21 Apr 2004

All Paul

All Paul


By Chris Hollow, Inpress Magazine


Paul Kelly discusses double albums, character writing, guitarists and pop songs…


Paul Kelly is Australia’s pop poet laureate. Over the past two decades, he’s has a string of literate pop hits that have combined strong storytelling with melodic, folk driven hooks.


A short time ago, Kelly released his first LP in three years. Ways And Means is an epic double album with 21 track spread over two discs full of Aboriginal myths, angels, summer songs, menage a trios, and love refrains to red haired girls. The highlights include the hard driving Heavy Thing, the soul ballad Beautiful Feeling and the first single Sure Got Me.


Also, in recent times, Kelly’s corner stone ‘80s album Gossip has been re-mastered and re-released and a tribute to his song writing called Stories Of Me has surfaced. He didn’t like it much.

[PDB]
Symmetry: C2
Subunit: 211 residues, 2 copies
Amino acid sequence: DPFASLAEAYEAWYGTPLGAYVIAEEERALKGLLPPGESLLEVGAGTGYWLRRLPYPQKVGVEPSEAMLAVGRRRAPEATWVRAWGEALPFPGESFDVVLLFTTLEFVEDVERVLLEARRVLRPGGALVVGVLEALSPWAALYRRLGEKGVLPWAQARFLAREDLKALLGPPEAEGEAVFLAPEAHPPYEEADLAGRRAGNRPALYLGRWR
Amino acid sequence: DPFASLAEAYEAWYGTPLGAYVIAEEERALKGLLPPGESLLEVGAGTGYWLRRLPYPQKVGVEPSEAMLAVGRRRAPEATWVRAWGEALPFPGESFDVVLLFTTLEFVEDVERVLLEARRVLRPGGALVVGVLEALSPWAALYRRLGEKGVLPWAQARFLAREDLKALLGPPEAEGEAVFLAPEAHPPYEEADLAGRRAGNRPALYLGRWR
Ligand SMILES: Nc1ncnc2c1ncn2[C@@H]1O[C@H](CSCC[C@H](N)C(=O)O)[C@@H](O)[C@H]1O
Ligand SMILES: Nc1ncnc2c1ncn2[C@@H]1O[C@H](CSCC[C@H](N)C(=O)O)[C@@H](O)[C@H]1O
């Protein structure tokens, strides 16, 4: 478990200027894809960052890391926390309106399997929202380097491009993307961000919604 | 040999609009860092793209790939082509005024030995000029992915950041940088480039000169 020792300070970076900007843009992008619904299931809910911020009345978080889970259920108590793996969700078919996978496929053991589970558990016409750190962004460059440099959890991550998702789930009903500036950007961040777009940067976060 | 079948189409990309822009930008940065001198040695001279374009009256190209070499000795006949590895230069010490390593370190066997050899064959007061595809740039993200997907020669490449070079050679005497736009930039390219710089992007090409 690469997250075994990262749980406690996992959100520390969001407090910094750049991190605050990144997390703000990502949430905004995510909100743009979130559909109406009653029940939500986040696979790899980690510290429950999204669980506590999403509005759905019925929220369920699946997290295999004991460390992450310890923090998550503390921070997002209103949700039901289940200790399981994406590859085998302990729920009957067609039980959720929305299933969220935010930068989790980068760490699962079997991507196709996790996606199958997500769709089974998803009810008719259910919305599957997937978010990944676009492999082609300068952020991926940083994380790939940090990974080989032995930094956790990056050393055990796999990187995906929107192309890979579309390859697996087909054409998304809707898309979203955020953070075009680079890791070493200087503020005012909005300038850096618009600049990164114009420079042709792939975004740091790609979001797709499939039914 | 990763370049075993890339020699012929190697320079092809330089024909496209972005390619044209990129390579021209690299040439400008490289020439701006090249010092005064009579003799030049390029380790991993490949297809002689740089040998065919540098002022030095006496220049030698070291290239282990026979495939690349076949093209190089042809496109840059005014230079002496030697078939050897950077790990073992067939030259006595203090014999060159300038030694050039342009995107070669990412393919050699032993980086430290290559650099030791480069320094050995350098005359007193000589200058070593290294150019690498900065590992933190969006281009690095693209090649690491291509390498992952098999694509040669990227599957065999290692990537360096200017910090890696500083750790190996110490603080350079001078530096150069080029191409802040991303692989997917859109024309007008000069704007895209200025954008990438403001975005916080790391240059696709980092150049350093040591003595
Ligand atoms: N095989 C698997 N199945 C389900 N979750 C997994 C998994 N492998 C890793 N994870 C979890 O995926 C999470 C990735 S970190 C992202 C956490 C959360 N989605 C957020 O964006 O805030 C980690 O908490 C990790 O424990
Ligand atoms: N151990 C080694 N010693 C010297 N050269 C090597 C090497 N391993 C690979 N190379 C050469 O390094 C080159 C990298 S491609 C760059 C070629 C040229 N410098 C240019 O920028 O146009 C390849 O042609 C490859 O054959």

You’ve written a lot of songs of a personal nature. How easy would it be to get to know you from these songs?

“People might get some clues. But I know from my own experiences of writing songs that even when you’re writing from your own life, by the time you put them into songs you’re changing them anyway. So I think it’s a bit of a wild goose chase.”


As a songwriter, do you ever find yourself creating drama in your life – putting yourself in situations, maybe against your better judgement, just to see what happens?

“Life is complicated enough without complicating it even more. But I’ve always been pretty curious about all kinds of experience – to see how people tick – and that curiosity is also there in what you read; you can experience other people‘s view of the world through books. Our time is very limited and our circumstances are very particular. We’re born into a particular culture, a particular time and a particular sex. So you have all these contingencies strapped upon you right away. If you’re interested in life generally, you’re always going to be looking at things outside your life experience anyway.”